FM Radio Station to Operate on Campus

William Woods University will be “on the air” around the clock by Aug. 25, according to the new WWU professor who will guide the development of the university’s new radio station.


“By the start of classes Aug. 25, we’ll be broadcasting 24/7,” Joey Goodsell, assistant professor of communication, said.


The station, operating as KWWU, will broadcast on 94.9 MHz with effective radiated power of 23 to 47 watts. That means the signal should be available within a three- to five-mile radius of the 90-foot tower that has been constructed on campus.


It is possible that it may be heard even further–perhaps throughout Callaway County—if conditions are right, Goodsell said.


The Federal Communication Commission awarded a license to William Woods in December 2001 for the construction and operation of a low-power on-campus FM radio station.


Funding for the station came from the William T. Kemper Foundation, in conjunction with the university. The Kemper Foundation also provided major funding for the Gladys Woods Kemper Center for the Arts, which opened in 1999 and houses the radio station.


The station will be an academic component of the division of visual, performing, and communication arts and will be used to support the instructional programs in communication.
“This radio station will provide our students with the unique opportunity to obtain on-air and technical experience, as well as experience in developing, producing and scheduling programs,” Jahnae H. Barnett, university president, said.

Paul Clervi, professor of art and chair of the division of visual, performing and communication arts, added, “We have the courses, but other than internships, we’ve had no vehicle to provide on-air experience. This will greatly enhance our curriculum through additional opportunities.”


The arts division will be responsible for incorporating the station as a resource within its academic programs, developing a general framework for campus utilization of the resource and operating the station, Clervi explained.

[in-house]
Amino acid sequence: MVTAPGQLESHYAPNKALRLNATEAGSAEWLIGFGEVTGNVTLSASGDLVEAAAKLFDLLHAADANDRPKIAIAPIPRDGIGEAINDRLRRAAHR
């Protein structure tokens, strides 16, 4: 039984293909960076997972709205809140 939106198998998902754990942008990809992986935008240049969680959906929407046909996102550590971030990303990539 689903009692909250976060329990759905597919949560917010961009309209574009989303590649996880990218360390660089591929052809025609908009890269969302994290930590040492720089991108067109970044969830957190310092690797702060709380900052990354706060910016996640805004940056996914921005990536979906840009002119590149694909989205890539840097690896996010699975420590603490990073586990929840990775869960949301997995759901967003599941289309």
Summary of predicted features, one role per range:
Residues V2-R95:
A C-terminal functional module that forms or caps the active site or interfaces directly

Three communication students will serve in managerial capacities for KWWU. Deidre Wood of Hallsville will be the general manager. Leah Novack of St. Louis will be the promotions and public service director. Megan Klein of Fort Smith, Ark., will be the music director.


“KWWU shows how the educational program at William Woods is growing, along with the student body, and offering new challenges and opportunities for communication students,” Wood, the general manager, said.


The musical format will be alternative/independent rock and Goodsell said this will mean that listeners will “hear songs not heard on community stations.” Bands that will be featured include Staind, P.O.D., Beck, Incubus and 311.


The station will be available for general campus and community programming, and students outside broadcasting and communication courses will have the opportunity to be involved with the station.


For instance, even though the regular format will be alternative/independent rock, there will be a country music show because students have requested one. According to Goodsell, other examples of planned programming include:


Quarrelling Couples—a modern-day version of the Newlywed Game, which will feature WWU student-couples as the contestants during a live show.


Technopop—featuring music traditionally heard at Rave parties.


Community Spotlight—showcasing Fulton and Callaway County community leaders, as well as WWU personnel.


Both Goodsell and Clervi foresee possibilities to link with the community to provide public service opportunities in the future. Programming could range from the broadcast of WWU athletic events to the production of an informational program by a Fulton club or civic organization.